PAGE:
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Publication numberUS6266288 B1
Publication typeGrant
Application numberUS 09/550,008
Publication dateJul 24, 2001
Filing dateApr 14, 2000
Priority dateDec 1, 1997
Fee statusLapsed
Also published asUS6072740, US6111804
Publication number09550008, 550008, US 6266288 B1, US 6266288B1, US-B1-6266288, US6266288 B1, US6266288B1
InventorsShekhar Yeshwant Borkar
Original AssigneeIntel Corporation
Export CitationBiBTeX, EndNote, RefMan
External Links: USPTO, USPTO Assignment, Espacenet
Methods for reducing the effects of power supply distribution related noise
US 6266288 B1
Abstract
A method is provided for reducing the effects of power supply distribution related noise in an integrated circuit, the integrated circuit having a power supply bus, a ground bus, a DRAM-technology capacitor, and a load circuit The method includes forming the DRAM-technology capacitor adjacent the load circuit, and connecting the DRAM-technology capacitor directly between the supply voltage bus and the ground voltage bus.
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Claims(9)
What is claimed is:
1. A method for reducing the effect of power supply distribution related noise in an integrated circuit, the method comprising:
providing an integrated circuit having a power supply bus, a ground voltage bus, and a non-memory load circuit;
forming a DRAM-technology capacitor adjacent the non-memory load circuit; and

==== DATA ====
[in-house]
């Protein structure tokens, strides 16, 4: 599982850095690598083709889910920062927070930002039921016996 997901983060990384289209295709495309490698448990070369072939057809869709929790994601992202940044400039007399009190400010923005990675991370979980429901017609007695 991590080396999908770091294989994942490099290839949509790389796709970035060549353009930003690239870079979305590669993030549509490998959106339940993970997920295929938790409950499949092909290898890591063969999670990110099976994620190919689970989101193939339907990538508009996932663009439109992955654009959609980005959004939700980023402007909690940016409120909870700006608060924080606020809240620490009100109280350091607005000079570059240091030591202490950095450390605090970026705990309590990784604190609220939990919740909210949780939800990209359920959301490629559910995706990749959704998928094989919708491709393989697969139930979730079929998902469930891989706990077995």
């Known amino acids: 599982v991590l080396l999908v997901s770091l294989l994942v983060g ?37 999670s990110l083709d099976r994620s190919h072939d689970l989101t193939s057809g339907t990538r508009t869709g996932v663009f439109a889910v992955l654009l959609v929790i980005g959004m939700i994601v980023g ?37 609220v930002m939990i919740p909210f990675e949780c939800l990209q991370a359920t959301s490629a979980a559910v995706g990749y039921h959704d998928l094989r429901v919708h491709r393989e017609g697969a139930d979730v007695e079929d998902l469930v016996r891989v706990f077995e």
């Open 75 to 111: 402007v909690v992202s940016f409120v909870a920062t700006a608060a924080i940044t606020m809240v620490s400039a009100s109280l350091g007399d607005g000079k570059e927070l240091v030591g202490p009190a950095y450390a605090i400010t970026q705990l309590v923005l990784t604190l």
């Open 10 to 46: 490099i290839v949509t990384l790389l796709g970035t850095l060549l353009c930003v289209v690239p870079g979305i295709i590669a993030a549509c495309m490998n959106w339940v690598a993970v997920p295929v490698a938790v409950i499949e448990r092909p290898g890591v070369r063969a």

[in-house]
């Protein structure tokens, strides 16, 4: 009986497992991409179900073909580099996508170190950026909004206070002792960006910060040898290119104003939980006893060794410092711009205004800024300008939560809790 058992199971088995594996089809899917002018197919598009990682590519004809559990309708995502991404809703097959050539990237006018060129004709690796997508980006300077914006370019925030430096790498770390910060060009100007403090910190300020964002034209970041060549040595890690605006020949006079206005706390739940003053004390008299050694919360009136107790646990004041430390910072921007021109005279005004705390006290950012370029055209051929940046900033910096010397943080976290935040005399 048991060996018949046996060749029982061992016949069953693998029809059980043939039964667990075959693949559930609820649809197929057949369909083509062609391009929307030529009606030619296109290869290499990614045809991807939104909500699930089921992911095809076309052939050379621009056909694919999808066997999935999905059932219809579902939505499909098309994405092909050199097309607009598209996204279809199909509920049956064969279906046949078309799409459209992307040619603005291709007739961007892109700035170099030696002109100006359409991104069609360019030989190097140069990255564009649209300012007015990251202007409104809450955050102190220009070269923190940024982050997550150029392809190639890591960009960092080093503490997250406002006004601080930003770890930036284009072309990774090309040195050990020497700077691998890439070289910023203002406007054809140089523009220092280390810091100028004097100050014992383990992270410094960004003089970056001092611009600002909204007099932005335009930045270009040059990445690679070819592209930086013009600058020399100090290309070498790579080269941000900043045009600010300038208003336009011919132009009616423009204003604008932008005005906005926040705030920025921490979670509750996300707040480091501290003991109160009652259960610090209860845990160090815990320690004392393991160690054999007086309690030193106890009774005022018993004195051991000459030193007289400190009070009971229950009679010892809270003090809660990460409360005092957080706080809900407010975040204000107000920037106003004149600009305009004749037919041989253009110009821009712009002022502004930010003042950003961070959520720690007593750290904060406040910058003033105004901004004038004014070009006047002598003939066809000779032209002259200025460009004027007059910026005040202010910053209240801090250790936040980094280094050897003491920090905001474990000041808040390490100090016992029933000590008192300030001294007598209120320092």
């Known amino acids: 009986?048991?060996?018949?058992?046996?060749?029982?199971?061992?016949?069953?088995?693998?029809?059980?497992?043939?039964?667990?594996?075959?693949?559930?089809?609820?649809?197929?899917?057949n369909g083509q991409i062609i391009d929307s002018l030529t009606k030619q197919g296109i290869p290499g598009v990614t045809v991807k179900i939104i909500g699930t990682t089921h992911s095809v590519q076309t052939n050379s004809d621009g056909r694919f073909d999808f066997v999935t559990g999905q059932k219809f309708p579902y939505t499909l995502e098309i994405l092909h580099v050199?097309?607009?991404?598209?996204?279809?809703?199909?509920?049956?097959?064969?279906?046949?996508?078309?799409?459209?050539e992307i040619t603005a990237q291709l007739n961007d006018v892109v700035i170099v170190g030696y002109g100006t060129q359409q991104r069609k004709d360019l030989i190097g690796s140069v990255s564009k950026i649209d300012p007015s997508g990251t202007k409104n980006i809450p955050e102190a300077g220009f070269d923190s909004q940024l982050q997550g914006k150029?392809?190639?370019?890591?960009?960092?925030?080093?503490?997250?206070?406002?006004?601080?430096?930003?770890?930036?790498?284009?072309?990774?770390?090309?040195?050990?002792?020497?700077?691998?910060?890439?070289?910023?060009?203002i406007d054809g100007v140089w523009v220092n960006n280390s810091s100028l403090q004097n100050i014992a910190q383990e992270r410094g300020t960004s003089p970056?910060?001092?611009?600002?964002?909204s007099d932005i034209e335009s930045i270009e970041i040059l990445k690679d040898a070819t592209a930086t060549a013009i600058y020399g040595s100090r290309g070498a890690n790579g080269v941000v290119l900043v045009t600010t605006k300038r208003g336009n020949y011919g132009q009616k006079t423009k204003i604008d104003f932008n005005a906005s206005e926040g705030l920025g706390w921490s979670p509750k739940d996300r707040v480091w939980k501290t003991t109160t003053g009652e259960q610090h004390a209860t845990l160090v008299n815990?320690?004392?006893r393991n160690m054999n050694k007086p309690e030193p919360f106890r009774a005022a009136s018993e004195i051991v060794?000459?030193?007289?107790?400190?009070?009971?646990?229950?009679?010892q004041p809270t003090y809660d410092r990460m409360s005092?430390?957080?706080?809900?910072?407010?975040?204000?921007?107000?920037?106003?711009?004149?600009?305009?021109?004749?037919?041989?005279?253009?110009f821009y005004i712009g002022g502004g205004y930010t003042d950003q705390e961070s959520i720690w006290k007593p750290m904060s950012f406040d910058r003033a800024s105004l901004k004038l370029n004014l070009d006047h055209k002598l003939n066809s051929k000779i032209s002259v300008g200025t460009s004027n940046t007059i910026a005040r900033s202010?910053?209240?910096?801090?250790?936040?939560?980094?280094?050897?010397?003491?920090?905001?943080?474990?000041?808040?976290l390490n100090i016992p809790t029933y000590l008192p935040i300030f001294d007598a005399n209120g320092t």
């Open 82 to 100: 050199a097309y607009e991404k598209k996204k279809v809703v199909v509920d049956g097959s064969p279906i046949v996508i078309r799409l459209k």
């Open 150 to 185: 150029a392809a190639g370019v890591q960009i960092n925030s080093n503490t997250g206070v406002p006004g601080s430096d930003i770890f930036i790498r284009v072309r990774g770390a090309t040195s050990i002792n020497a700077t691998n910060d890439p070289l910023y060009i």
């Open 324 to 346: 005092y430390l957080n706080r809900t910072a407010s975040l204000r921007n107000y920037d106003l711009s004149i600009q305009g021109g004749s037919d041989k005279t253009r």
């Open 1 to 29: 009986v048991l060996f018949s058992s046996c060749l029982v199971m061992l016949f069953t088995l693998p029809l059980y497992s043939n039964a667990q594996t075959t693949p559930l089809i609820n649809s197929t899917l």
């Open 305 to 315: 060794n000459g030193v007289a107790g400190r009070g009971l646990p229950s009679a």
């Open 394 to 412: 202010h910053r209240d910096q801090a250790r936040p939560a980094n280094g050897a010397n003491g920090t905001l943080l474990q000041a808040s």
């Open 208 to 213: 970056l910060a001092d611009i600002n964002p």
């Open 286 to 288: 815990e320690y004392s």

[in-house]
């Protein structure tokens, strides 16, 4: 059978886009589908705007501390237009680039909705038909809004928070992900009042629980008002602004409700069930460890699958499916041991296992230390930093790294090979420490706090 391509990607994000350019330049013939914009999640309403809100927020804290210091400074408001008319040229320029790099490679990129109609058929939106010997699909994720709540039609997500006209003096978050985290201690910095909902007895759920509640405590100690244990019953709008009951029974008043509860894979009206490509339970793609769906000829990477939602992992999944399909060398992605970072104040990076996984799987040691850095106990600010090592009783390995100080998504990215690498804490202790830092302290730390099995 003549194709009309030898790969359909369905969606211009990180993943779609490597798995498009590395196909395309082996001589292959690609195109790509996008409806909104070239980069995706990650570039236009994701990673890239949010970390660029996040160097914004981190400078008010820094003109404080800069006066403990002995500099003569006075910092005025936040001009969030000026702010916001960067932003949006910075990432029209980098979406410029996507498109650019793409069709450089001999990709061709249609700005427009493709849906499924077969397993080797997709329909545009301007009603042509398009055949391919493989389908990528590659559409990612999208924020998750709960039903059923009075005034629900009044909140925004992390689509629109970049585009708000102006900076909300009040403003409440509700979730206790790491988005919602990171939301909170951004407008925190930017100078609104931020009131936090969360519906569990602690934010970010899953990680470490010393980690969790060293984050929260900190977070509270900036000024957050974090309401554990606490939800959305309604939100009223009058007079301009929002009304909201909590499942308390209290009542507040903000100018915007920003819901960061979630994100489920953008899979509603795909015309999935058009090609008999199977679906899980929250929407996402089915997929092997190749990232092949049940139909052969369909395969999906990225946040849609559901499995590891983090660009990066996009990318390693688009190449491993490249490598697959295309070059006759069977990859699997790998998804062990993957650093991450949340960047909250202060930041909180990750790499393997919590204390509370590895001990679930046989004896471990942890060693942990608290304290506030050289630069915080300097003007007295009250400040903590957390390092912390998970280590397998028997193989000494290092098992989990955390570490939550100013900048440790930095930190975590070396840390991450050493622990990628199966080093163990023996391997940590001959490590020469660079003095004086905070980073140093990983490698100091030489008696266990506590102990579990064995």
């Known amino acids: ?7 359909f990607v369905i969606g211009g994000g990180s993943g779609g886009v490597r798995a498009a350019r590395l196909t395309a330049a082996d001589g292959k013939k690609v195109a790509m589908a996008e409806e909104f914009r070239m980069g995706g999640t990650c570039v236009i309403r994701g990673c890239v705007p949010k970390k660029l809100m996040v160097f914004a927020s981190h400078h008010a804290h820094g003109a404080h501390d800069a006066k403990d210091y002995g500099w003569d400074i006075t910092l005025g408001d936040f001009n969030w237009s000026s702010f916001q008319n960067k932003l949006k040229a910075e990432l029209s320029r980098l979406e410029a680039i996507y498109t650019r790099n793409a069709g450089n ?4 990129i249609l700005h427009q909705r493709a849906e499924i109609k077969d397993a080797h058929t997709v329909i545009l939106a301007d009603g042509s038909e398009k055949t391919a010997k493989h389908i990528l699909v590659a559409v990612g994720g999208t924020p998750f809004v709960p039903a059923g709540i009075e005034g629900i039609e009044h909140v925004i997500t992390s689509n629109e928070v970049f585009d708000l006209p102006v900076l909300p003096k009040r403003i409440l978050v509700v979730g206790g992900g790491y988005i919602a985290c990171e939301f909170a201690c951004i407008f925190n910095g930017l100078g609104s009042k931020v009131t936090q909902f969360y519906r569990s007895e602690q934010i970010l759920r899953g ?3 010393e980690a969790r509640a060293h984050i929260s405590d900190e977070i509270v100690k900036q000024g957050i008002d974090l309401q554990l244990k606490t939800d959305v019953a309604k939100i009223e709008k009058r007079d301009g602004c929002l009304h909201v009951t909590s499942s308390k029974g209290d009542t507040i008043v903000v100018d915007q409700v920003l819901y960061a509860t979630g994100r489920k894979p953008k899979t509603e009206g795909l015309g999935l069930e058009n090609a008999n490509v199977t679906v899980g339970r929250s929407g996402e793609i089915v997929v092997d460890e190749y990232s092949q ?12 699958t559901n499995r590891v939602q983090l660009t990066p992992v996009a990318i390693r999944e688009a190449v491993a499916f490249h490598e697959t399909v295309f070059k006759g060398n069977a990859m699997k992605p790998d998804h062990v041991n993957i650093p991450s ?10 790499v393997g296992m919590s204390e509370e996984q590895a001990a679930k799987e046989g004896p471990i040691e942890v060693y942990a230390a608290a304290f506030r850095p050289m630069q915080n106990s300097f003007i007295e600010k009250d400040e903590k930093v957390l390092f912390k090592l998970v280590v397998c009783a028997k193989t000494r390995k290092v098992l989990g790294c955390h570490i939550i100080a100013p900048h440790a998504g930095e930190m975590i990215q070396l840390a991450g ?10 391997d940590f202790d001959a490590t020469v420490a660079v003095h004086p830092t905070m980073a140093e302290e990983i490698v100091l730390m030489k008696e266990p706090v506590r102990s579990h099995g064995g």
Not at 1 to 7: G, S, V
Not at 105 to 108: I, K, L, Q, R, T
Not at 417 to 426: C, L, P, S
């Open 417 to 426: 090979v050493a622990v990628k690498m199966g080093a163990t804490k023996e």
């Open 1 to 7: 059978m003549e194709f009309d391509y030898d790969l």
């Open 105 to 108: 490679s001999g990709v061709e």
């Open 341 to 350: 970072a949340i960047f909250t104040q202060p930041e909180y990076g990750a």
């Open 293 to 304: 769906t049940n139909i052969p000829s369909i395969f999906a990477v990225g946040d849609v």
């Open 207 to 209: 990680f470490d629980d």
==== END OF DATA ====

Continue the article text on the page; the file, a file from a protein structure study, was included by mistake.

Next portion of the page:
connecting the DRAM-technology capacitor between the power supply bus and the ground voltage bus.
2. The method of claim 1, wherein the DRAM-technology capacitor comprises a trench capacitor.
3. The method of claim 2, wherein forming the trench capacitor comprises:
forming a trench in a substrate;
placing a dielectric material in the trench; and
covering the dielectric material with a conducting material.
4. The method of claim 3, wherein conducting material comprises a polysilicon material.
5. The method of claim 1, wherein the DRAM-technology capacitor comprises a stack capacitor.
6. The method of claim 5, wherein forming the stack capacitor comprises:
forming a tower;
placing a dielectric material on the tower; and
covering the dielectric material with a conducting material.
7. The method of claim 6, wherein the conducting material comprises a polysilicon material.
8. The method of claim 1, wherein forming the DRAM-technology capacitor includes forming the DRAM-technology capacitor under the power supply bus.
9. The method of claim 1, further including connecting a plurality of DRAM-technology capacitors between the power supply bus and the ground voltage bus.
Description

The present application is a continuation of U.S. Ser. No. 09/360,226, filed on Jul. 23, 1999, now U.S. Pat. No. 6,111,804 which is a divisional of U.S. Ser. No. 08/980,998, filed on Dec. 1, 1997, now U.S. Pat. No. 6,072,740.

BACKGROUND OF THE INVENTION

1. Field of the Invention

This invention relates generally to integrated circuits, and, more particularly, to reducing the effects of power supply distribution related noise in integrated circuits.

2. Description of the Related Art